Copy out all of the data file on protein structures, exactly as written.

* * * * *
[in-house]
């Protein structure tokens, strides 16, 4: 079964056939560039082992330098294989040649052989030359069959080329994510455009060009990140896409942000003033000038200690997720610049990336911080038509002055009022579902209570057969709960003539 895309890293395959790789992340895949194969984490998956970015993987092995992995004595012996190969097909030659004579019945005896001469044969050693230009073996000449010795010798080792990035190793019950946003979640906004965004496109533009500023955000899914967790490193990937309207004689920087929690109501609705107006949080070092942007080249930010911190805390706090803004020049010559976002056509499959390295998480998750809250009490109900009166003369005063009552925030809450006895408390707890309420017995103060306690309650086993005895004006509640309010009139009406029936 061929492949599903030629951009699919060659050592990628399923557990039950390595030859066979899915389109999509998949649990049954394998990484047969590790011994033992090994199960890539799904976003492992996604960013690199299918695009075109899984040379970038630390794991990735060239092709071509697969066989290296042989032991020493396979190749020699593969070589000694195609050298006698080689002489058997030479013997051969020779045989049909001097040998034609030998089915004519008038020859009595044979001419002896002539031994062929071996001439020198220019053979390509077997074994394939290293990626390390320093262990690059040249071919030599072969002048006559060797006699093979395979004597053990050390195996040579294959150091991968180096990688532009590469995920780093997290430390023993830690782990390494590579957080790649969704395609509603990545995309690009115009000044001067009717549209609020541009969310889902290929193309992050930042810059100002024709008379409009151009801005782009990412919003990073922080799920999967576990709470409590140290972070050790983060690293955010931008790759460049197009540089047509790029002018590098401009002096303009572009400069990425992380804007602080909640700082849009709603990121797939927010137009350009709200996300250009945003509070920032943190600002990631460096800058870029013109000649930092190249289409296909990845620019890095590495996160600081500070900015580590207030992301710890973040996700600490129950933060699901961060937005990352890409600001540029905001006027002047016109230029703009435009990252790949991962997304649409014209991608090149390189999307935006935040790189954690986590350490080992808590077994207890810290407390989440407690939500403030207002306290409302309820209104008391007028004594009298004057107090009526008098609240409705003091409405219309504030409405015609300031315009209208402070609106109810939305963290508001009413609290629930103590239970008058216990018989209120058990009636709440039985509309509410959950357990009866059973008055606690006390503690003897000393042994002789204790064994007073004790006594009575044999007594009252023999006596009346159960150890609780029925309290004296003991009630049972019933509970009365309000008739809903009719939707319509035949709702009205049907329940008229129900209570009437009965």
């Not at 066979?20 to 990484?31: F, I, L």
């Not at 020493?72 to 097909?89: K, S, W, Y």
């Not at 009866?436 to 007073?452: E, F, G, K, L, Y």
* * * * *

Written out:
[in-house]
């Protein structure tokens, strides 16, 4: 079964056939560039082992330098294989040649052989030359069959080329994510455009060009990140896409942000003033000038200690997720610049990336911080038509002055009022579902209570057969709960003539 895309890293395959790789992340895949194969984490998956970015993987092995992995004595012996190969097909030659004579019945005896001469044969050693230009073996000449010795010798080792990035190793019950946003979640906004965004496109533009500023955000899914967790490193990937309207004689920087929690109501609705107006949080070092942007080249930010911190805390706090803004020049010559976002056509499959390295998480998750809250009490109900009166003369005063009552925030809450006895408390707890309420017995103060306690309650086993005895004006509640309010009139009406029936 061929492949599903030629951009699919060659050592990628399923557990039950390595030859066979899915389109999509998949649990049954394998990484047969590790011994033992090994199960890539799904976003492992996604960013690199299918695009075109899984040379970038630390794991990735060239092709071509697969066989290296042989032991020493396979190749020699593969070589000694195609050298006698080689002489058997030479013997051969020779045989049909001097040998034609030998089915004519008038020859009595044979001419002896002539031994062929071996001439020198220019053979390509077997074994394939290293990626390390320093262990690059040249071919030599072969002048006559060797006699093979395979004597053990050390195996040579294959150091991968180096990688532009590469995920780093997290430390023993830690782990390494590579957080790649969704395609509603990545995309690009115009000044001067009717549209609020541009969310889902290929193309992050930042810059100002024709008379409009151009801005782009990412919003990073922080799920999967576990709470409590140290972070050790983060690293955010931008790759460049197009540089047509790029002018590098401009002096303009572009400069990425992380804007602080909640700082849009709603990121797939927010137009350009709200996300250009945003509070920032943190600002990631460096800058870029013109000649930092190249289409296909990845620019890095590495996160600081500070900015580590207030992301710890973040996700600490129950933060699901961060937005990352890409600001540029905001006027002047016109230029703009435009990252790949991962997304649409014209991608090149390189999307935006935040790189954690986590350490080992808590077994207890810290407390989440407690939500403030207002306290409302309820209104008391007028004594009298004057107090009526008098609240409705003091409405219309504030409405015609300031315009209208402070609106109810939305963290508001009413609290629930103590239970008058216990018989209120058990009636709440039985509309509410959950357990009866059973008055606690006390503690003897000393042994002789204790064994007073004790006594009575044999007594009252023999006596009346159960150890609780029925309290004296003991009630049972019933509970009365309000008739809903009719939707319509035949709702009205049907329940008229129900209570009437009965």
């Not at 066979?20 to 990484?31: F, I, L």
């Not at 020493?72 to 097909?89: K, S, W, Y």
């Not at 009866?436 to 007073?452: E, F, G, K, L, Y």